1940 France just before the great invasion. Eliane is a pharmacist who is married to her dull husband and has a teenage daughter. Eliane is an attractive woman who has let her passion fall ... See full summary »
1940 France just before the great invasion. Eliane is a pharmacist who is married to her dull husband and has a teenage daughter. Eliane is an attractive woman who has let her passion fall dormant. One evening, the pharmacy clerk makes a pass at her when he thinks she is another girl. Soon she lets the passion overtake her and she soon becomes his sex slave. Written by
Nolan Price <firstname.lastname@example.org>
Italian censorship visa #68163 delivered on 26-3-1976. See more »
[crowd cheers a parade of departing troops]
Bon voyage! Viva la France!
[makes obscene gesture to soldier]
[turns to a laughing Juliette and playfully slaps her behind]
Don't touch, draft dodger.
In five minutes, I see you in the back.
If you're lucky, big boy.
[...] See more »
Not entirely original, but powerful Italian art film
During the 1940 invasion of France by Germany, a bourgeois housewife (Lisa Gastoni) becomes involved with an employee (Franco Nero) of the pharmacy the family runs, after the latter sexually gropes her in the dark, mistaking her for her maid with whom he is also sexually involved. As the Nazis approach, the sexual relationship between the two becomes increasingly dark, perverse, and sadomasochistic. He makes her stand naked outside on the street until a passerby sees her, and he tries to force her into a three-way with the maid. Eventually he pressures her to "deliver" her virginal teenage daughter to him.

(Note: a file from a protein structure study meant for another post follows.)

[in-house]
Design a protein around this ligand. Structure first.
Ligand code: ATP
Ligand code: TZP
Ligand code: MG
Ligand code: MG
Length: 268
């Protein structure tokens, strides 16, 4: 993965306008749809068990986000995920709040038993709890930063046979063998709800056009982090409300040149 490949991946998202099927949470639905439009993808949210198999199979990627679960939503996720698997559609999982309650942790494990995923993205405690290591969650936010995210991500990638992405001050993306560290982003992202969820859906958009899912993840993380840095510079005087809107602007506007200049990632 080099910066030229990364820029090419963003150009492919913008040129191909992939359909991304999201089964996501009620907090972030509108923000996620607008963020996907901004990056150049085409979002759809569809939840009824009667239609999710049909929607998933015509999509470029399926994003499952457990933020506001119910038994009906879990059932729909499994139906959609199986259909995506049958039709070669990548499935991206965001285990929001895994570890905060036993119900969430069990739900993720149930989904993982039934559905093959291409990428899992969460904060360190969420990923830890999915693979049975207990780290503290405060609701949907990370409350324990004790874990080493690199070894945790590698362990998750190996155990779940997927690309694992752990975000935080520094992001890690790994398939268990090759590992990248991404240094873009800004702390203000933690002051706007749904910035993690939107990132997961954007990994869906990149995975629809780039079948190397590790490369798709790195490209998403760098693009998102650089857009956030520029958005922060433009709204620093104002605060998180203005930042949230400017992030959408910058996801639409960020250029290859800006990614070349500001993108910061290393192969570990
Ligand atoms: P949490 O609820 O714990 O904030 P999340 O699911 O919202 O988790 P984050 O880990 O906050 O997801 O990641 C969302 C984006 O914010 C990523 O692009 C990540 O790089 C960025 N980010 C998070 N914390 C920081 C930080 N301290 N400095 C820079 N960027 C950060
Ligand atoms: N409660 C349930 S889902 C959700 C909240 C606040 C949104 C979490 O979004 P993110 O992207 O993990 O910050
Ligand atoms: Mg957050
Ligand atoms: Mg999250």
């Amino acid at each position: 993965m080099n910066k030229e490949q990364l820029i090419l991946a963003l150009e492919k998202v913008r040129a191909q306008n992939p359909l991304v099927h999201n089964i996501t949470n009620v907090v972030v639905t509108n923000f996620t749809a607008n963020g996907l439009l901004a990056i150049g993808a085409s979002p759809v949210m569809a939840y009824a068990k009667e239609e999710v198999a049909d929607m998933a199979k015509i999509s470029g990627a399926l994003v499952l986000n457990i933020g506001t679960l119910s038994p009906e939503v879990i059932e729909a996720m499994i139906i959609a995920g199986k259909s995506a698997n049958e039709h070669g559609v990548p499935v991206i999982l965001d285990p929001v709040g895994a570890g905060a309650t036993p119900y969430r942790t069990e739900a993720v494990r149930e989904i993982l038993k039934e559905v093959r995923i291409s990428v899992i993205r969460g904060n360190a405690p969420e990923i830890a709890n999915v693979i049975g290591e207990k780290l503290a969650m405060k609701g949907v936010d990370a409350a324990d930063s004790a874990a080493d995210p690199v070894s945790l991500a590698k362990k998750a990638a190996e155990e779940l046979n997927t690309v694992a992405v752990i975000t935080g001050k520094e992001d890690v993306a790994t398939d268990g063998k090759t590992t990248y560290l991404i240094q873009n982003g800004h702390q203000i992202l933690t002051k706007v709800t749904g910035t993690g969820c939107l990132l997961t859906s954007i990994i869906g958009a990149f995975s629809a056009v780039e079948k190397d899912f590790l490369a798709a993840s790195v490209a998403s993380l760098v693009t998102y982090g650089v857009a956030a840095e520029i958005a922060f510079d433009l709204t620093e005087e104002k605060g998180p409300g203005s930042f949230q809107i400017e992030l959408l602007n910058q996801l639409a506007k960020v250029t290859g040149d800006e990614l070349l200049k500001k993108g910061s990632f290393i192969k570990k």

As another reviewer remarked, it's no coincidence that this movie takes place during France's eventual capitulation to Germany. The metaphor shouldn't be lost on anyone. This movie somewhat resembles the director Salvatore Samperi's most well-known work "Malizia" (with Laura Antonelli). The end especially with the lights flickering off and on as the German mortar fire approaches very much resembles the violent thunderstorm finale of "Malizia". But this movie is even darker and more apocalyptic (or perhaps nihilistic). The relationship between the couple is much more perverse than that of the maid and the teenage boy in "Malizia", even approaching the existential emptiness of Calveani's "The Night Porter" or the bleak tragedy of Bertolucci's "Last Tango in Paris". The subplot with the daughter, on the other hand, actually resembles an earlier Lisa Gastoni vehicle, Fernidand DiLeo's "The Seduction". But that movie was much more exploitative with the adolescent girl being much more of a willing Lolita (and played by sexy older actress). This is a more an art film, and the girl here is a true innocent caught up in the couple's obsessive relationship and the collapse of the whole social order in the wake of the German invasion.
The greatest strength of this movie though lies in the performance of the two leads. Gastoni gives a performance that's even more powerful and daring than the one she gave in "The Seduction". Nero meanwhile plays against type as the sexually corrupt villain--only in Pasquale Campanile Festa's "Hitch-hike" did the charismatic and likable Nero play such a thoroughly unlikeable character. Clearly, this movie deserves a better DVD release as others have said (one that both looks good AND has decent English subtitles), but it is worth seeing regardless.
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